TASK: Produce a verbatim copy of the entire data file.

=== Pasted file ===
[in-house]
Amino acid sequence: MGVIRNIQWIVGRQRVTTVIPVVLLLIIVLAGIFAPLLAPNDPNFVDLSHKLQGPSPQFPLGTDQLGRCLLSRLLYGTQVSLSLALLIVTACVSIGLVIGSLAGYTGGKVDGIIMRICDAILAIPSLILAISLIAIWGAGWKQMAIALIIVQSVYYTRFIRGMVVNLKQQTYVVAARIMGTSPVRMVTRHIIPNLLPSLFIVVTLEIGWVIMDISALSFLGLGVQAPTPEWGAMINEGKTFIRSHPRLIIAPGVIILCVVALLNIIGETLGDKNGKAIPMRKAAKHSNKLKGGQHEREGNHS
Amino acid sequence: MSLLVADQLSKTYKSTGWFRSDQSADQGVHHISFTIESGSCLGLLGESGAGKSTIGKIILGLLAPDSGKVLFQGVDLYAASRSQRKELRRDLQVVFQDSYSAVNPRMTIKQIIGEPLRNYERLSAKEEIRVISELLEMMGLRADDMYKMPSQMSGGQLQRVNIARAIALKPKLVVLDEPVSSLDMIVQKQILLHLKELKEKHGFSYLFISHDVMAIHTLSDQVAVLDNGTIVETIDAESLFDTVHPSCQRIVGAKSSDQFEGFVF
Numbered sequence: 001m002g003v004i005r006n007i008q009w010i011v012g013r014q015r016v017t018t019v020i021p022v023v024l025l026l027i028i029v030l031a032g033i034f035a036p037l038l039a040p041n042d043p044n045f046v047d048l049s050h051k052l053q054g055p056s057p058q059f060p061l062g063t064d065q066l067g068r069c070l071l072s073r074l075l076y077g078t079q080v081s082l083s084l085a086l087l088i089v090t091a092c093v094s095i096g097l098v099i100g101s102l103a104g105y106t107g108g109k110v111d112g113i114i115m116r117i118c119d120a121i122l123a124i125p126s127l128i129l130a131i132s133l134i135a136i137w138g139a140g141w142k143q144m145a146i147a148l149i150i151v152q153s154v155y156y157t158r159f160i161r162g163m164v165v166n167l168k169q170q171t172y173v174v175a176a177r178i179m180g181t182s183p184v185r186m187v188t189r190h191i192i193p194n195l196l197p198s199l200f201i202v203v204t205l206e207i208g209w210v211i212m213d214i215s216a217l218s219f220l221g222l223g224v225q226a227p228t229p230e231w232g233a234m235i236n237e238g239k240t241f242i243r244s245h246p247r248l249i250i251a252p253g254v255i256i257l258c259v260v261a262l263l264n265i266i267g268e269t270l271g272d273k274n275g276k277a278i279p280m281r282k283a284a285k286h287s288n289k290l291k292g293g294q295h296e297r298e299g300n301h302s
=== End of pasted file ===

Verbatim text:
[in-house]
Amino acid sequence: MGVIRNIQWIVGRQRVTTVIPVVLLLIIVLAGIFAPLLAPNDPNFVDLSHKLQGPSPQFPLGTDQLGRCLLSRLLYGTQVSLSLALLIVTACVSIGLVIGSLAGYTGGKVDGIIMRICDAILAIPSLILAISLIAIWGAGWKQMAIALIIVQSVYYTRFIRGMVVNLKQQTYVVAARIMGTSPVRMVTRHIIPNLLPSLFIVVTLEIGWVIMDISALSFLGLGVQAPTPEWGAMINEGKTFIRSHPRLIIAPGVIILCVVALLNIIGETLGDKNGKAIPMRKAAKHSNKLKGGQHEREGNHS
Amino acid sequence: MSLLVADQLSKTYKSTGWFRSDQSADQGVHHISFTIESGSCLGLLGESGAGKSTIGKIILGLLAPDSGKVLFQGVDLYAASRSQRKELRRDLQVVFQDSYSAVNPRMTIKQIIGEPLRNYERLSAKEEIRVISELLEMMGLRADDMYKMPSQMSGGQLQRVNIARAIALKPKLVVLDEPVSSLDMIVQKQILLHLKELKEKHGFSYLFISHDVMAIHTLSDQVAVLDNGTIVETIDAESLFDTVHPSCQRIVGAKSSDQFEGFVF
Numbered sequence: 001m002g003v004i005r006n007i008q009w010i011v012g013r014q015r016v017t018t019v020i021p022v023v024l025l026l027i028i029v030l031a032g033i034f035a036p037l038l039a040p041n042d043p044n045f046v047d048l049s050h051k052l053q054g055p056s057p058q059f060p061l062g063t064d065q066l067g068r069c070l071l072s073r074l075l076y077g078t079q080v081s082l083s084l085a086l087l088i089v090t091a092c093v094s095i096g097l098v099i100g101s102l103a104g105y106t107g108g109k110v111d112g113i114i115m116r117i118c119d120a121i122l123a124i125p126s127l128i129l130a131i132s133l134i135a136i137w138g139a140g141w142k143q144m145a146i147a148l149i150i151v152q153s154v155y156y157t158r159f160i161r162g163m164v165v166n167l168k169q170q171t172y173v174v175a176a177r178i179m180g181t182s183p184v185r186m187v188t189r190h191i192i193p194n195l196l197p198s199l200f201i202v203v204t205l206e207i208g209w210v211i212m213d214i215s216a217l218s219f220l221g222l223g224v225q226a227p228t229p230e231w232g233a234m235i236n237e238g239k240t241f242i243r244s245h246p247r248l249i250i251a252p253g254v255i256i257l258c259v260v261a262l263l264n265i266i267g268e269t270l271g272d273k274n275g276k277a278i279p280m281r282k283a284a285k286h287s288n289k290l291k292g293g294q295h296e297r298e299g300n301h302s